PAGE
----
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"Indexes and Tabs Make Books More User Friendly"
[Column #2, 2/95]

Making Books More User-Friendly

The other day, while thinking about all the small inventions that make our lives profoundly easier, I decided that tabs and indexes have to rank near the top of the list. Indexes are not as common in the U.S. as they are in Europe, but we're beginning to catch up here in the States. Nothing else comes close to these modest, commonplace devices in terms of organizing your printed project for ready access.

Like paper clips and the air we breathe, tabs and indexes are taken for granted. Their simple appearance is deceiving and gives no hint of the planning that goes into their design and production. They may be small, but they make loose-leaf binders, reference books and directories some of the most enduringly practical ways for people to get to information.

So, let's take a close-up look at the finer points of tabbing and indexing.

Most of us first encountered that perennial favorite, the humble die-cut tab, in 3-ring binders used for training and seminar manuals. These little guys also appear in mechanically-bound cookbooks, directories, instructional texts and some software manuals.

Adhesive-bound books can also contain tabs, which are usually folded in on themselves so that the signatures can be trimmed. The end user later unfolds the tabs to extend beyond the face of the book.

Size. Although they come in various shapes and sizes, the most common style has rounded corners and extends 1/2" beyond the other pages. Standard dies also create tabs that extend 1/4," 3/8," or 5/8" beyond the page size. The length of a tab (its vertical dimension) is referred to as the "cut," and can range from 1/2" to 10."

A little planning is necessary to determine the correct length of tabs for a given project. At Bindagraphics, we offer a template to make it easy, but figuring out the size isn't rocket science. If, for example, there are 10 sections in a 7" x 9" book, you need 10 tabs, which can be arranged in one or more separate rows, each called a bank. To compute the maximum allowable length per tab in a bank, subtract 1" from 9" (for tabs, you must indent 1/2" from the top and bottom of the page), then divide the answer by the number of tabs in the bank. Let's say you want only one bank of tabs. You'd have 8" (length of the sheet) 10 (number of tabs) = 0.8" (maximum length of each tab).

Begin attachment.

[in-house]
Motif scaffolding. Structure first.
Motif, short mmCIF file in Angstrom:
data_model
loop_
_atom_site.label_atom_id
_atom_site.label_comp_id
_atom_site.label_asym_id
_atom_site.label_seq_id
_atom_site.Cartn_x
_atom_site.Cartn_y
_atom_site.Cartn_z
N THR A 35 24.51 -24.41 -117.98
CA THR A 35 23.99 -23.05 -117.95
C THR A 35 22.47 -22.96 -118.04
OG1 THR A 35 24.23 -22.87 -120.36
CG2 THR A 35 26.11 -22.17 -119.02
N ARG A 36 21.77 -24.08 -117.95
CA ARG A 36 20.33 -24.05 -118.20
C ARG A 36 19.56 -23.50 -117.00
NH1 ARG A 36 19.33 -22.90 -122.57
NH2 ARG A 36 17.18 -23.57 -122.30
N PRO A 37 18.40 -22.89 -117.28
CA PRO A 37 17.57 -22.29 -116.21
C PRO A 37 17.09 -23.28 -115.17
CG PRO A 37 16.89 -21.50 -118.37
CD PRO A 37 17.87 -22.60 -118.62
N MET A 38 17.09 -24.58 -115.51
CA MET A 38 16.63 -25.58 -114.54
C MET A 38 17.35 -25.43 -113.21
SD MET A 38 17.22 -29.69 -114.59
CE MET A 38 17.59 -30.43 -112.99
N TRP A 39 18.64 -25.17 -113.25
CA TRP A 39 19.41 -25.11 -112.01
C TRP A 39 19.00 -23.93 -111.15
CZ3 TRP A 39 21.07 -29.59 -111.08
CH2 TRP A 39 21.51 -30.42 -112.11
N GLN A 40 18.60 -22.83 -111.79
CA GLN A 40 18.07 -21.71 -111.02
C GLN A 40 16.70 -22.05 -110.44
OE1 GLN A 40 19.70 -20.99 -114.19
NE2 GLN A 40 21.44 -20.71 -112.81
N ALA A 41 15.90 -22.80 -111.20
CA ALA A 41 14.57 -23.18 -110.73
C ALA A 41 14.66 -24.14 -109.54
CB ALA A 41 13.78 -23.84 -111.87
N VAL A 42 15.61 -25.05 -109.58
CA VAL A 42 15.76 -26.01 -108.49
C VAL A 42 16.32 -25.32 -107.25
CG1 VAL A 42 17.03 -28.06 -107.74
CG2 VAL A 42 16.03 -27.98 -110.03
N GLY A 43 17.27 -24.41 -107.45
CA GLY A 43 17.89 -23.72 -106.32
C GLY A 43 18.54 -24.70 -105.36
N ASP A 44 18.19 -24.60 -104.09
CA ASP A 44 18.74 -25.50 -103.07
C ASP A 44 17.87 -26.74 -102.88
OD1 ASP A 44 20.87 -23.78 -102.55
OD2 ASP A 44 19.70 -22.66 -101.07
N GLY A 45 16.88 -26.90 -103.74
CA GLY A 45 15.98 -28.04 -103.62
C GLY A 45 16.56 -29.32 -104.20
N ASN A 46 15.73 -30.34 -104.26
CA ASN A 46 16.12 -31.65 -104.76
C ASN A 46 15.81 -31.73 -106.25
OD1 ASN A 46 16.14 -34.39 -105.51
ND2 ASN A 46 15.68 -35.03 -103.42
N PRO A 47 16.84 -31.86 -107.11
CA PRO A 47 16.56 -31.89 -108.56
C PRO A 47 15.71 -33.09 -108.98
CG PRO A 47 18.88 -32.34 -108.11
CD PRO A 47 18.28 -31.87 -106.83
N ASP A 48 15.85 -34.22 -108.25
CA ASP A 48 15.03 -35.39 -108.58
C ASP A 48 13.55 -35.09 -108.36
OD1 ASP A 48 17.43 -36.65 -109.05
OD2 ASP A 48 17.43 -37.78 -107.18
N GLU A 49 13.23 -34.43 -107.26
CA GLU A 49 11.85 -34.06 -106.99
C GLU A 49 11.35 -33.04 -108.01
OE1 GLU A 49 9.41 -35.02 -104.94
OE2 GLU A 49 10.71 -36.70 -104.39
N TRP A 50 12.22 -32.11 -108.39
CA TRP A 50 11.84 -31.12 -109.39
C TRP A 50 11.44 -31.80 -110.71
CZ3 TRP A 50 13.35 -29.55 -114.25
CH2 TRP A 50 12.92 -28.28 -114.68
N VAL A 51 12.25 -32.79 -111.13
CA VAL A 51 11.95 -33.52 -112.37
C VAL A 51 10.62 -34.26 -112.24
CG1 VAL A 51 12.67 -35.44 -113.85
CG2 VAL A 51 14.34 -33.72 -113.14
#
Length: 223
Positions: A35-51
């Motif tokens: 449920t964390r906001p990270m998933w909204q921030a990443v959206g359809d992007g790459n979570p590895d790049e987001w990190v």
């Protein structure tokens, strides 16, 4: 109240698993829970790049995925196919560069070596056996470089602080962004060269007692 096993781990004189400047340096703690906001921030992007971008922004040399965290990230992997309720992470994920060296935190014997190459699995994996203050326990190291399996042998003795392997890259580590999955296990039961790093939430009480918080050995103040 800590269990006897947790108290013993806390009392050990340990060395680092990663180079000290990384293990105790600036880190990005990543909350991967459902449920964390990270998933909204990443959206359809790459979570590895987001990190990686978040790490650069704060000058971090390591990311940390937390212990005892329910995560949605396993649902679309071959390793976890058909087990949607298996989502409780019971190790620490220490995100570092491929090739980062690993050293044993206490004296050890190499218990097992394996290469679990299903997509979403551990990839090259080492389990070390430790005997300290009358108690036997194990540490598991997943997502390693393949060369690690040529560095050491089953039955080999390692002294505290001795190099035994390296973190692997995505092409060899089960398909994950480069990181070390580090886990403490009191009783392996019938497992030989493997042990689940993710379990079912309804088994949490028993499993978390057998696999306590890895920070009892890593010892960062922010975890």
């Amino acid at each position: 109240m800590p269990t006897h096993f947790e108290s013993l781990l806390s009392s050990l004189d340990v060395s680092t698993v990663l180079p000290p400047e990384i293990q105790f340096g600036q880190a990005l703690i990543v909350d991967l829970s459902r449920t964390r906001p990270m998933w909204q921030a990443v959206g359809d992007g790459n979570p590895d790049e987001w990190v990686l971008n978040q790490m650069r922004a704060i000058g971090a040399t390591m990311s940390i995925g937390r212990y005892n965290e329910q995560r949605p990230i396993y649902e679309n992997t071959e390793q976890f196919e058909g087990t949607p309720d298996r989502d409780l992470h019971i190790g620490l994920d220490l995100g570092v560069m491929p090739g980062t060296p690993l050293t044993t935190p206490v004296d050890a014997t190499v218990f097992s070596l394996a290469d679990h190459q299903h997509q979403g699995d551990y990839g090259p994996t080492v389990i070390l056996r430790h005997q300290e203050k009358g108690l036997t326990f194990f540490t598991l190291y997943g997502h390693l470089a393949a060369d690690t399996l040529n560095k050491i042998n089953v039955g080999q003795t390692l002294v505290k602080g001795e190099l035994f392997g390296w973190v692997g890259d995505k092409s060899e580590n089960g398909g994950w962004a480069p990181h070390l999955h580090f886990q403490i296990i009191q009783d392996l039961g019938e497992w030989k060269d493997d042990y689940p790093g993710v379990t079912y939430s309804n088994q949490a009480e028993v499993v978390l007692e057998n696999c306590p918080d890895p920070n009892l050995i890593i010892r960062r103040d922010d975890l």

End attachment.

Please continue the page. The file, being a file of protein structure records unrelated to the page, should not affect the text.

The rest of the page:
The minimum length, on the other hand, will be dictated by the amount of copy on the tab. For instance, if each will carry two lines of 10-pt. type, minimum length per tab is 1/2." But let's say the tabs in our 7" x 9" book have to be at least an inch long to carry additional type. You would then want to create two banks of five tabs each, so that each tab can measure up to 1.6" (8" ü 5).

Coating. A transparent or colored mylar is frequently used to protect and reinforce tabs. The application of mylar involves 330-degree heat-an important consideration when selecting ink and paper stock. Non-heat resistant ink will smear and leave you with unreadable tabs.

Paper. Porous stocks are the best choice, and uncoated 110# index stock is the most common. Coated stocks can trap air when the mylar is applied, creating bubbles that ruin the appearance of the tabs. As with many other finishing and binding processes, it's important to consult with your bindery in advance to avoid glitches.

Although tabs are a good way to organize a book, they have drawbacks. Because they extend beyond the face of the text, they're subject to a lot of wear and tear. Heavily-used, non-mylar coated tabs will become frayed and wrinkled.

Location. The positioning of tabs is easy on a loose-leaf project but can be challenging as it impacts page counts and signature formats in adhesive-bound books. The production process can vary greatly depending upon whether the tabs fall within or between signatures. The details are too varied and complex to discuss in this space-suffice it to say that it's crucial to consult with your bindery in advance when planning the production of a book that will contain tabs. With the bindery's help, you can reduce or even eliminate the need for handwork, bring down production costs and gain a competitive advantage in bidding the job. Of course, it's also a good idea to work with the customer at the front end to create a format that works for everyone.

The Indexing Option. An alternative to tabs, indexing has probably been around just as long. The most widely-known method is "thumb indexing," usually used on dictionaries and bibles. Rounded notches are cut into the face of the book from head to tail and from front to back.

Another method, often used in manuals and catalogs, is step indexing. This process involves die-cutting a series of indexes into the body of a bound and trimmed book (see illustration). In the old days, this was performed manually. Productivity improved with the introduction of indexing machines. Today, we use a microprocessor-controlled machine for electronically supported indexing. With this equipment, which can be programmed for up to 63 separate steps-including two-color printing of the index-step indexing is a quick and cost-effective way to divide and organize a book.

The advantages of step indexing over tabbing are obvious-less handwork, faster setup and no protruding elements to be torn or bent. Indexing can be a viable-and equally user-friendly solution for customers turned-off by the special considerations associated with the use of tabs in adhesive-bound books.

Clearly, there's more to these simple devices than first meets the eye. Think about it the tab and index were "user-friendly" before the term was even coined.

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